Left to right: David Albert, Alberts, Fifa Riccobono, Alberts, and Matthew O'Sullivan, AMPAL

Left to right: David Albert, Alberts, Fifa Riccobono, Alberts, and Matthew O'Sullivan, AMPAL

At its recent annual general meeting, the Australasian Music Publishers' Association Limited (AMPAL) elected Heath Johns,­ Managing Director of BMG Australia to its board of directors. Re-elected to the board were Marianna Annas (ABC Music Publishing), Philip Burn (Hal Leonard Australia), Peter Hebbes (Hebbes Music Group) and Steve McPherson (Hillsong Music Publishing).  David Albert, former CEO of J. Albert & Son Pty Ltd (Alberts) stepped down from the board at the AGM.  Mr Albert had been a director of AMPAL since 2010.  Matthew Capper (Warner/Chappell Music Australia) and Clive Hodson (Perfect Pitch Publishing) were returned as Chair and Deputy Chair, respectively.  

Also at the AGM, Mr Capper and General Manager of AMPAL, Matthew O'Sullivan, presented the first ever AMPAL Award for Outstanding Contribution to Music Publishing to Alberts.  The award was received by Mr Albert and former CEO Fifa Riccobono and recognises the immense contribution made by Alberts to the Australian and New Zealand music publishing industry, and Alberts' work on behalf of its songwriter and composer partners.  Mr O'Sullivan commented at the meeting, "as a founding member of AMPAL in 1956, there is no more deserving recipient of this award than Alberts, in recognition of Alberts' extraordinary achievements as a music publisher.  Alberts has launched the careers of some of Australia's most loved songwriters and composers."  It was announced in July of this year that BMG and the Albert family had reached an agreement for BMG to acquire the 131 year old Australian music publishing and recording company, J Albert & Son Pty Ltd.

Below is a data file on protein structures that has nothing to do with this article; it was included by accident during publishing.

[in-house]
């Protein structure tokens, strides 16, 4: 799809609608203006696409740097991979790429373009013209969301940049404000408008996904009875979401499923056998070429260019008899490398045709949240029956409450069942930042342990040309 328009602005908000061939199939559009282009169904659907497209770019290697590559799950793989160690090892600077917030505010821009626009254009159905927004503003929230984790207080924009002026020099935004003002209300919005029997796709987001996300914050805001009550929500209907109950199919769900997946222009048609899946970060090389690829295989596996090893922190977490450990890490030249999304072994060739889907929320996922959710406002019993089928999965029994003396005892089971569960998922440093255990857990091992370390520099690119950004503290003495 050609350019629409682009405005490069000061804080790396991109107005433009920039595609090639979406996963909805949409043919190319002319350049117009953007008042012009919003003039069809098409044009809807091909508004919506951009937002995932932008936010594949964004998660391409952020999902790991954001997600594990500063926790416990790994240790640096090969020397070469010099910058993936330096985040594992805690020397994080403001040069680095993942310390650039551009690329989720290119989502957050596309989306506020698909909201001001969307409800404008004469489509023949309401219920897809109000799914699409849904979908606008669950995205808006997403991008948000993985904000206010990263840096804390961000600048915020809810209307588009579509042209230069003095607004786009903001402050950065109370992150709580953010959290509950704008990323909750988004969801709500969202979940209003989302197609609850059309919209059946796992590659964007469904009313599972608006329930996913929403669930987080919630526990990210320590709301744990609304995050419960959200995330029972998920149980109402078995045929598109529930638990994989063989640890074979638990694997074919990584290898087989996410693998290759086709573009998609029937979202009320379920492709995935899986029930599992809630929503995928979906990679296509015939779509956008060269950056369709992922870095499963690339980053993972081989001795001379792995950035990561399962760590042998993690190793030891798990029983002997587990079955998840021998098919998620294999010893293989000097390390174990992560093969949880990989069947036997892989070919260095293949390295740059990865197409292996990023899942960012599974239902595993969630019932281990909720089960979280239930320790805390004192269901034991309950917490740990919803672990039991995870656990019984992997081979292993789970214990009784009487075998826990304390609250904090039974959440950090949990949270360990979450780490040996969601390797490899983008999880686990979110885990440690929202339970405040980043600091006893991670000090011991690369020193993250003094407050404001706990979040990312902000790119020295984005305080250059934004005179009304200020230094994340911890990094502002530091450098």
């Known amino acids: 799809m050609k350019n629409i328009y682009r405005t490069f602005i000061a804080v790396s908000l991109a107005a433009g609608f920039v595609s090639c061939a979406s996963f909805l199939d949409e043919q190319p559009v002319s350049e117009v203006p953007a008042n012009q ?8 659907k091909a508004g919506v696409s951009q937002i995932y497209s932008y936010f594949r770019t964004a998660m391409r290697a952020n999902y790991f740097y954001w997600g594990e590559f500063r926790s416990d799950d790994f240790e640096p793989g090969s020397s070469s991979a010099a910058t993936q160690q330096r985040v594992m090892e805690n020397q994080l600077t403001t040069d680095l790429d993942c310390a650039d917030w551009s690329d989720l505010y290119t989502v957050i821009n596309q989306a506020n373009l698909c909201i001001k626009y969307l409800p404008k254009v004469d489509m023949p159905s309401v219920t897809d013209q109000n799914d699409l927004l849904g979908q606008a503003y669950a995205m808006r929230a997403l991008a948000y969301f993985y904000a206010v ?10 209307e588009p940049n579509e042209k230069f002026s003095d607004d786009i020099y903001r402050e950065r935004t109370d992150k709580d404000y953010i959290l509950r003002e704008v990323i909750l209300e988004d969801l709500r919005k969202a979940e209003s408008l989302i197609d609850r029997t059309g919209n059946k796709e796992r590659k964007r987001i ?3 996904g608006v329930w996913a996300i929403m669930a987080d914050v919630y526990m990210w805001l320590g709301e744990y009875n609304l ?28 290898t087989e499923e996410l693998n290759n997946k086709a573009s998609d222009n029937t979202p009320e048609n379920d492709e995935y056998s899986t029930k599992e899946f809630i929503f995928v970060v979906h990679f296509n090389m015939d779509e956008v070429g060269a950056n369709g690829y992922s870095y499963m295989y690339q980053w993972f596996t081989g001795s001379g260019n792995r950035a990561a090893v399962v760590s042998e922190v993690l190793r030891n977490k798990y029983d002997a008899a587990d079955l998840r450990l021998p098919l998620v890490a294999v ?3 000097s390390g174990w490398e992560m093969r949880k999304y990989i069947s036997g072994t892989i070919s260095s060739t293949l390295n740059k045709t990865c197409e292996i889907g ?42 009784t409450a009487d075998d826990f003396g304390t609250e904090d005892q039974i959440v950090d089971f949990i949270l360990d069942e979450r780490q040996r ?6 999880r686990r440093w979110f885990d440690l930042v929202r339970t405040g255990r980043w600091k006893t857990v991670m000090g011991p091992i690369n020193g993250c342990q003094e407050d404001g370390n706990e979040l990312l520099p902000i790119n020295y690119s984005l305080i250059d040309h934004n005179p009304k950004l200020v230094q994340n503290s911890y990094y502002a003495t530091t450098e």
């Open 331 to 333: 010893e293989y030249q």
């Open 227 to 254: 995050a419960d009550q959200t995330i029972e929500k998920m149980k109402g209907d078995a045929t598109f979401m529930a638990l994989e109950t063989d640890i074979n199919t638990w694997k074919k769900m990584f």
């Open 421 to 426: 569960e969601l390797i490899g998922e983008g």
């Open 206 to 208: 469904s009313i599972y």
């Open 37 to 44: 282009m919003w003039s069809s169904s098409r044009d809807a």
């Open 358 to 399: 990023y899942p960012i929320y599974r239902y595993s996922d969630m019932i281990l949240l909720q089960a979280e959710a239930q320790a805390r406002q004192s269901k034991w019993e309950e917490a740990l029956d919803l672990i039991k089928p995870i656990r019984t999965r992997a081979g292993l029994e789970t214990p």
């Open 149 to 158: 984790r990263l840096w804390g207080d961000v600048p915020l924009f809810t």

At the meeting, Mr O'Sullivan also spoke about current copyright issues facing music publishers, and called on the Australian Government to reject changes to the rights’ framework, particularly the proposed outdated changes to the safe harbour scheme and the introduction of a broad fair use exception, which will chip away at a music creator’s right to be remunerated fairly for their creative endeavours.

Posted
AuthorMatt O'Sullivan
CategoriesCurrent